Historically, operators have served all customers – consumers, small and medium-sized enterprises (SMEs), larger enterprises from all verticals and other operators – with a set of horizontal services (voice, messaging, connectivity). If operators want to move beyond these services, then they will need to develop deep sector expertise. Indeed, telcos are increasingly seeking to play higher up the value chain and leveraging their core assets and capabilities provides an opportunity to do so.
However, in order to drive new revenues beyond connectivity and add value in other parts of the solution stack, telcos need to be able to select their battles carefully because they do not have the scale, expertise or resources to do it all.
Figure 2: Potential telco roles beyond traditional connectivity
Source: STL Partners
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Clearer on the vision, unclear on the execution
Many telcos have a relatively clear idea of where they want to drive new streams of revenue beyond traditional connectivity services. However, they face various technical, strategic and organisational challenges that have inhibited this vision from reaching fruition and have unanswered questions about how they can overcome these. This lack of clarity is further evident by the fact that some telcos have yet to set explicit revenue targets or KPIs for non-connectivity revenue, and those that have set clear quantifiable objectives struggle to define their execution plan or go-to-market strategy. Even operators that have been most successful in building new revenue streams, such as TELUS and Elisa, do not share targets or revenues for their new businesses publicly. This is likely to protect them from short-term demands of most telecoms shareholders, and because, even when profitable, they may not yet be seen as valuable enough to move the needle.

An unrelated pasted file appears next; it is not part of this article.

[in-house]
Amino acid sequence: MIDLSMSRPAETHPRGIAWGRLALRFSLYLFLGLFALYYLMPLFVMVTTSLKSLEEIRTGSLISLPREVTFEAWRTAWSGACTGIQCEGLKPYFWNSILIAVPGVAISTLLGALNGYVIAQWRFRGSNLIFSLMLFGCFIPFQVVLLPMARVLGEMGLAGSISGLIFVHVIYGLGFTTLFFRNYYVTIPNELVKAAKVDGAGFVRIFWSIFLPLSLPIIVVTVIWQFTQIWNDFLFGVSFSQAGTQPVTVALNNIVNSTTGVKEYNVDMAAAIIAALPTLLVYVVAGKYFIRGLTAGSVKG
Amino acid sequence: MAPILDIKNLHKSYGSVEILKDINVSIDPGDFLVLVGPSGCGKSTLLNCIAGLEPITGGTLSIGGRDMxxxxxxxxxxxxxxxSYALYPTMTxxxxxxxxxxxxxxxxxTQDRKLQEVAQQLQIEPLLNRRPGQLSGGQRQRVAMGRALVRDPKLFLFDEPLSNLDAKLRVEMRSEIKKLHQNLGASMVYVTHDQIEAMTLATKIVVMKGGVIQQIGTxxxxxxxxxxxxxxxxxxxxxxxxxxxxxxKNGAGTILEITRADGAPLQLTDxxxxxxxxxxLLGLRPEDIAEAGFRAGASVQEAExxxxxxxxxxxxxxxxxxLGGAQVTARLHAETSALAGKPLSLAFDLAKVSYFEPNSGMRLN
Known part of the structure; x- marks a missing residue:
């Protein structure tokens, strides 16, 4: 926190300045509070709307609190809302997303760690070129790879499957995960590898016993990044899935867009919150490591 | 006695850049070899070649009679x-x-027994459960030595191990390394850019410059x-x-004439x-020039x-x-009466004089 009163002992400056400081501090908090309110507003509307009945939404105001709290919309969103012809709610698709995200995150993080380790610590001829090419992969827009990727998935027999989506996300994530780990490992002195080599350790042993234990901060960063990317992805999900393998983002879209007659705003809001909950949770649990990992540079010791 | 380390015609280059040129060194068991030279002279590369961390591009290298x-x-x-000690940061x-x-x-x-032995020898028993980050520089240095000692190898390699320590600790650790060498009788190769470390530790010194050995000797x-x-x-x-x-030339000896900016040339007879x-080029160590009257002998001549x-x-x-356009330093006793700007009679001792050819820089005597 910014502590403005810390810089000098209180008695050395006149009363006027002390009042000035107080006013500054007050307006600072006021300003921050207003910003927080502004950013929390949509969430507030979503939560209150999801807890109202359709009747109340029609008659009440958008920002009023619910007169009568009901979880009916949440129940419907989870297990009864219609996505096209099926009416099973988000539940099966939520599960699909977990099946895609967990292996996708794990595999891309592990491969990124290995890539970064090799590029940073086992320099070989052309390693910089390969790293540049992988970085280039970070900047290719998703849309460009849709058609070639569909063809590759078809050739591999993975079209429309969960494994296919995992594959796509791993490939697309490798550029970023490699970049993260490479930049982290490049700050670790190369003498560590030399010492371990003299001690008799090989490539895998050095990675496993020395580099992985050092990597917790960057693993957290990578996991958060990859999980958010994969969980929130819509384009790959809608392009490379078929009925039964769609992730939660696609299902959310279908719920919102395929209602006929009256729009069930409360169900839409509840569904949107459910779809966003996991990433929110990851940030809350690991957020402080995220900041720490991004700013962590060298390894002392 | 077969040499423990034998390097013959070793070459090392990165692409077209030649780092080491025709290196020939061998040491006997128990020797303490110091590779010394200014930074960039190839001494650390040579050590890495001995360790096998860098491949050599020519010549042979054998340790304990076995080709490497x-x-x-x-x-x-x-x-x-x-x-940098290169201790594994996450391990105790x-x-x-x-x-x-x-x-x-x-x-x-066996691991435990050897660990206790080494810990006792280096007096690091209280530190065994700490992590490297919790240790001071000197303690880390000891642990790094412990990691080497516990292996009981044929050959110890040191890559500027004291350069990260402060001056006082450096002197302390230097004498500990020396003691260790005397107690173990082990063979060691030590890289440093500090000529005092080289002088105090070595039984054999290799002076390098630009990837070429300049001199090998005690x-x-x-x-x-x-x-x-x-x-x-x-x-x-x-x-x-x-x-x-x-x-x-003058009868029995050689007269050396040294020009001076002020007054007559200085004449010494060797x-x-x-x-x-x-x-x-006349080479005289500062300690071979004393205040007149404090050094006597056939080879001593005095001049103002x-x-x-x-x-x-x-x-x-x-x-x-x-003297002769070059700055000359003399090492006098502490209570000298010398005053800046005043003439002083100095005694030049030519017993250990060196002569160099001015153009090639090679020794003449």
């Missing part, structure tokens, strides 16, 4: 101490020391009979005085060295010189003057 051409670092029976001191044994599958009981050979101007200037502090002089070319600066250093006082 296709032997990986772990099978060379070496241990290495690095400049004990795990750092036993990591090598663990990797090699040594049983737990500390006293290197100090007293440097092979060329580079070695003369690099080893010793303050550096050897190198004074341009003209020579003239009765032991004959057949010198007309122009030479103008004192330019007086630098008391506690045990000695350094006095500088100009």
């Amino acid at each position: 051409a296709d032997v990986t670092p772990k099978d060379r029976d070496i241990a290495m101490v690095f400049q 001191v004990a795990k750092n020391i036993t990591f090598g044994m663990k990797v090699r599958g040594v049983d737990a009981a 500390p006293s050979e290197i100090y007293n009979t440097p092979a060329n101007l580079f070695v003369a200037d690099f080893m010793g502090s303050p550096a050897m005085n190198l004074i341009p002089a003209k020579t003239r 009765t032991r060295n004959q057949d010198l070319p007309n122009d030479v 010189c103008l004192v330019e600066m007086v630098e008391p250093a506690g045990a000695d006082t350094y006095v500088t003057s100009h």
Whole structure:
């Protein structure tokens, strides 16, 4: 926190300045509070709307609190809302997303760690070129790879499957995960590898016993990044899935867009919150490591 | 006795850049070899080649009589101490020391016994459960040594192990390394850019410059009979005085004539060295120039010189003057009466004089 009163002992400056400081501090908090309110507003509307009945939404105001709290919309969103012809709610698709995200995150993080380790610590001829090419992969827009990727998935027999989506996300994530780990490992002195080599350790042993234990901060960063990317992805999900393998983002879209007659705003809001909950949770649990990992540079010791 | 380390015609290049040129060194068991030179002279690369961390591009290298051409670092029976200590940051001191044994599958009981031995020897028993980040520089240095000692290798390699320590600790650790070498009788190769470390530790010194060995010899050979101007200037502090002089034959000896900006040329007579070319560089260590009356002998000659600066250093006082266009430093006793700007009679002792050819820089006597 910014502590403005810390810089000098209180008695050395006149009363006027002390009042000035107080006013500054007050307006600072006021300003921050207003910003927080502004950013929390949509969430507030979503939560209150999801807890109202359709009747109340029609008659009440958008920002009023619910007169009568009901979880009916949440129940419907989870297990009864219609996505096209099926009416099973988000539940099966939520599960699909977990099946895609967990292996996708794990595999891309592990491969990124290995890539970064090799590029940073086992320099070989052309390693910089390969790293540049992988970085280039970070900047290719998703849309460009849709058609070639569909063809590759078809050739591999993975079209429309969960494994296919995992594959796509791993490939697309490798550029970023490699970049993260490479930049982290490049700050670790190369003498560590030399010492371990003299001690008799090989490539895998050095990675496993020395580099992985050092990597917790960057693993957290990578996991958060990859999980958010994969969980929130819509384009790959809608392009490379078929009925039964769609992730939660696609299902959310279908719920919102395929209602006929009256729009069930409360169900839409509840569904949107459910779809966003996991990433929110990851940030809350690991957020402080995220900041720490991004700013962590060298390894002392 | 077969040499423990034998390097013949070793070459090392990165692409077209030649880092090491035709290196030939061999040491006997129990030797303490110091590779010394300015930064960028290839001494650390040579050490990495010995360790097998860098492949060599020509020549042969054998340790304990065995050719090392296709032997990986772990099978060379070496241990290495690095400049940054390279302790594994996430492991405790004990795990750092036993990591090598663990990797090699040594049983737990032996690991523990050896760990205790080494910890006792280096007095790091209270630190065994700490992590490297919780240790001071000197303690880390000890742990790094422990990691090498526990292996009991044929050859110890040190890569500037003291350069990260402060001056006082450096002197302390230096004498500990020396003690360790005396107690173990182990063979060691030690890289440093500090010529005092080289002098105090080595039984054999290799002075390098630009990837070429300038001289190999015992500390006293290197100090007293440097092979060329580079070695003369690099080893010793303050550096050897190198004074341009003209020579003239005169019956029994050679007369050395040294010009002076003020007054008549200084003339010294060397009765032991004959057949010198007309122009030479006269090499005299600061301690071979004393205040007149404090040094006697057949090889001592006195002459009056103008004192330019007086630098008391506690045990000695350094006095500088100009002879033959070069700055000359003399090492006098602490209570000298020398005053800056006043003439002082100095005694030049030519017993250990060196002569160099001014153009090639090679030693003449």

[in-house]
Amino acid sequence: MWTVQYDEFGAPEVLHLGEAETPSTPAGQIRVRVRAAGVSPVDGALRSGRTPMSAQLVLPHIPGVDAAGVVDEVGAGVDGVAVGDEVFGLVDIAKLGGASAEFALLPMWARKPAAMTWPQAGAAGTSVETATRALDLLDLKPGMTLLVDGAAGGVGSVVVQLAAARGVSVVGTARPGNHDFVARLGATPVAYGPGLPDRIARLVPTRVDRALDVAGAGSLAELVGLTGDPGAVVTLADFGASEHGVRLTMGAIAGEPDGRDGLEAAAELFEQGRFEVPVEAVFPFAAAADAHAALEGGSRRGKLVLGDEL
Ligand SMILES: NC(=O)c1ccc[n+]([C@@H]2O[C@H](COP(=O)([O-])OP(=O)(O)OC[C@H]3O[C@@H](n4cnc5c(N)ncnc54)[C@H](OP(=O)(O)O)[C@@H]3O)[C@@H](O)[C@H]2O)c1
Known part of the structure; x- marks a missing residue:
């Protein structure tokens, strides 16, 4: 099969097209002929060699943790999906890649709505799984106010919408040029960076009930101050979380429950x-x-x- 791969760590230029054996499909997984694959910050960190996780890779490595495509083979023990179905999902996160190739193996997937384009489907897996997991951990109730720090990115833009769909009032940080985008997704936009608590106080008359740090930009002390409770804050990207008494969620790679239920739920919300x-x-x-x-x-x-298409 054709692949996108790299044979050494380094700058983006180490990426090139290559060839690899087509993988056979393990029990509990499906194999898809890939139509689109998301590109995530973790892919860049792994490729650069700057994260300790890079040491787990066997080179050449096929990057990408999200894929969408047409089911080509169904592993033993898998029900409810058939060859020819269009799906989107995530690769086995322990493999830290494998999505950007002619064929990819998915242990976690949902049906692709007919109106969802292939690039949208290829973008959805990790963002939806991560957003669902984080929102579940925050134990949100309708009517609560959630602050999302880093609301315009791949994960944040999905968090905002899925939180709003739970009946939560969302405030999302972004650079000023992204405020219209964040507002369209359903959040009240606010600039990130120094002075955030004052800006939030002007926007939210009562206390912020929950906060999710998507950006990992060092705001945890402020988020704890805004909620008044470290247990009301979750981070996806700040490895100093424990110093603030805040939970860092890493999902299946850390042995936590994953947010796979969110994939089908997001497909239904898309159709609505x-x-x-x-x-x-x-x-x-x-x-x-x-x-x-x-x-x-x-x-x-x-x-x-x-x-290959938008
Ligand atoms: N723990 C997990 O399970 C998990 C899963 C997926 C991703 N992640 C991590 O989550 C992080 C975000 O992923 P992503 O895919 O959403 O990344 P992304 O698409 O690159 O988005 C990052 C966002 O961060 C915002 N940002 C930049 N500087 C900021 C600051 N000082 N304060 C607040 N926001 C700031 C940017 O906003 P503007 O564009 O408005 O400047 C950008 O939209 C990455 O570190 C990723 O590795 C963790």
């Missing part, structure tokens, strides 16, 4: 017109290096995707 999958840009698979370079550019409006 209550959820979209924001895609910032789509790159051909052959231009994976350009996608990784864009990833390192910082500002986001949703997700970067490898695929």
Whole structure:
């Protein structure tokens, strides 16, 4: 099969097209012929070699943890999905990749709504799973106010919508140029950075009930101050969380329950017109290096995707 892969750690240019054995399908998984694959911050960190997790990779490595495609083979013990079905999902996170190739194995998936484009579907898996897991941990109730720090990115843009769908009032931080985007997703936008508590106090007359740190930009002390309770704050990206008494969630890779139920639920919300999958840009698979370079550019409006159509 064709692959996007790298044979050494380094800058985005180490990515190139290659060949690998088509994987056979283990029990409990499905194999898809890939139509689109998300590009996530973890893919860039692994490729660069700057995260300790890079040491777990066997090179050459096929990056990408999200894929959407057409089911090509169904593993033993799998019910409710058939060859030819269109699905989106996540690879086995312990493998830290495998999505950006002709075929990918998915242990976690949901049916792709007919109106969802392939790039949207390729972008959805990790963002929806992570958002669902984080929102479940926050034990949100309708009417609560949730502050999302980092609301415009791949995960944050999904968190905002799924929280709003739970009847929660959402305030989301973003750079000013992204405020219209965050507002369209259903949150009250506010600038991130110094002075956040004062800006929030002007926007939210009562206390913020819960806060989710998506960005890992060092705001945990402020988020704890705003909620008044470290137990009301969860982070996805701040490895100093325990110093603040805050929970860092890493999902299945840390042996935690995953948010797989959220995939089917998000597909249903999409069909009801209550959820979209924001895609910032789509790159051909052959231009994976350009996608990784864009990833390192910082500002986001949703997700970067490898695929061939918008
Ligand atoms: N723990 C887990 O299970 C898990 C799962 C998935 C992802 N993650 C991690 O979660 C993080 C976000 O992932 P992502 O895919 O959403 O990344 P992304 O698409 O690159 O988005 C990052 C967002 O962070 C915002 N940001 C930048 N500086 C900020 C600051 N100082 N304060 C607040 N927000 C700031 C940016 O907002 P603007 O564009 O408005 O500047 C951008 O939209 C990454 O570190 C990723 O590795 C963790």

This report focuses not just on telco ambitions in driving B2B2X revenues beyond core connectivity and the different roles they want to play in the value chain, but more importantly on what strategies telcos are adopting to fulfil their ambitions. Within this research, we explore what is required to succeed from both a technological and organisational standpoint. Our findings are based on an interview programme with over 23 operators globally, conducted from June to August 2020. Our participant group spans across different operator types, geographies, and types of roles within the organisation, ensuring we gain insight into a range of unique perspectives.
In this report, we define B2B2X as a business model which supports the dynamic creation and delivery of new services by multiple parties (the Bs) for any type of end-customer (the X), whether they be enterprises or consumers. The complexity of the value chains within B2B2X models requires more openness and flexibility from party providers, given that any provider could be the first or second ‘B’ in the B2B2X acronym. This research is primarily focused on B2B2X strategies for serving enterprise customers.
In essence, our research is focused on answering the following key question: how can operators grow their B2B2X revenues when traditional core connectivity is in decline?
Table of Contents
- Executive Summary
- The telecoms industry is looking to revive growth
- New purpose, new role
- Clearer on the vision, unclear on the execution
- Beyond connectivity, but where to?
- “Selling the service sandwich”
- Horizontal play: Being the best application enabler
- The vertical-specific digital services provider
- There is no “best” approach: Some will work better for different operators in different situations
- 5G is a trigger but not the only one
- Accelerating the shift towards partnerships and ecosystems
- Some operator ‘ecosystems’ look more like partnerships
- Not all telcos define ‘ecosystems’ the same way
- Most telcos focusing on ecosystems want to orchestrate and influence the proposition
- Many see ecosystems as a key potential route but ecosystems come with new requirements
- The market is ripe for telco ecosystems
- The interest in network intelligence is not new but this time is different
- Telcos can provide unique value by making their networks more accessible
- But so far, telcos have not fully embraced this vision yet
- Conclusions and recommendations